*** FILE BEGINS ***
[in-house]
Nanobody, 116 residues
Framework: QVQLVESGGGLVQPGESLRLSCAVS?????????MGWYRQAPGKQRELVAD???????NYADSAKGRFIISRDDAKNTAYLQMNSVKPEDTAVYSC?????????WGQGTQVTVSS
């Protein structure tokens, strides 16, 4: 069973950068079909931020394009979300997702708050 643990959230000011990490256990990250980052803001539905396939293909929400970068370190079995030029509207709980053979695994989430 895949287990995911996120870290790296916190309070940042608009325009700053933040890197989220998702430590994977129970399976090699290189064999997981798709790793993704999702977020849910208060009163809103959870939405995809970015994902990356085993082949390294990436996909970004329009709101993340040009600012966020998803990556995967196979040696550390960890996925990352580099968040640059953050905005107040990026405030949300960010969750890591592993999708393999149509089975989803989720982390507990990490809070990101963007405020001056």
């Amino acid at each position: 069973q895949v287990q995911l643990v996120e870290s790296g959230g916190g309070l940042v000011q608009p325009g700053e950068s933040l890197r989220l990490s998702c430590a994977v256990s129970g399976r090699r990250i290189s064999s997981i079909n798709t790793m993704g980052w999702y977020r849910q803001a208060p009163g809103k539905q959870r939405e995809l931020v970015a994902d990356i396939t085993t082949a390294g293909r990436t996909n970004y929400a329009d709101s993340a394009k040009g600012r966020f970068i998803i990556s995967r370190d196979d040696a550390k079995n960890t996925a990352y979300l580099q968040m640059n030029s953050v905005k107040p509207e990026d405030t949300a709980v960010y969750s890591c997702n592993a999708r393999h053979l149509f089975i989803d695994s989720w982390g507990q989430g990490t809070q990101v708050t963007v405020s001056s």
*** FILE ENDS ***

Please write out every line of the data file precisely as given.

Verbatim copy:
[in-house]
Nanobody, 116 residues
Framework: QVQLVESGGGLVQPGESLRLSCAVS?????????MGWYRQAPGKQRELVAD???????NYADSAKGRFIISRDDAKNTAYLQMNSVKPEDTAVYSC?????????WGQGTQVTVSS
């Protein structure tokens, strides 16, 4: 069973950068079909931020394009979300997702708050 643990959230000011990490256990990250980052803001539905396939293909929400970068370190079995030029509207709980053979695994989430 895949287990995911996120870290790296916190309070940042608009325009700053933040890197989220998702430590994977129970399976090699290189064999997981798709790793993704999702977020849910208060009163809103959870939405995809970015994902990356085993082949390294990436996909970004329009709101993340040009600012966020998803990556995967196979040696550390960890996925990352580099968040640059953050905005107040990026405030949300960010969750890591592993999708393999149509089975989803989720982390507990990490809070990101963007405020001056």
């Amino acid at each position: 069973q895949v287990q995911l643990v996120e870290s790296g959230g916190g309070l940042v000011q608009p325009g700053e950068s933040l890197r989220l990490s998702c430590a994977v256990s129970g399976r090699r990250i290189s064999s997981i079909n798709t790793m993704g980052w999702y977020r849910q803001a208060p009163g809103k539905q959870r939405e995809l931020v970015a994902d990356i396939t085993t082949a390294g293909r990436t996909n970004y929400a329009d709101s993340a394009k040009g600012r966020f970068i998803i990556s995967r370190d196979d040696a550390k079995n960890t996925a990352y979300l580099q968040m640059n030029s953050v905005k107040p509207e990026d405030t949300a709980v960010y969750s890591c997702n592993a999708r393999h053979l149509f089975i989803d695994s989720w982390g507990q989430g990490t809070q990101v708050t963007v405020s001056s």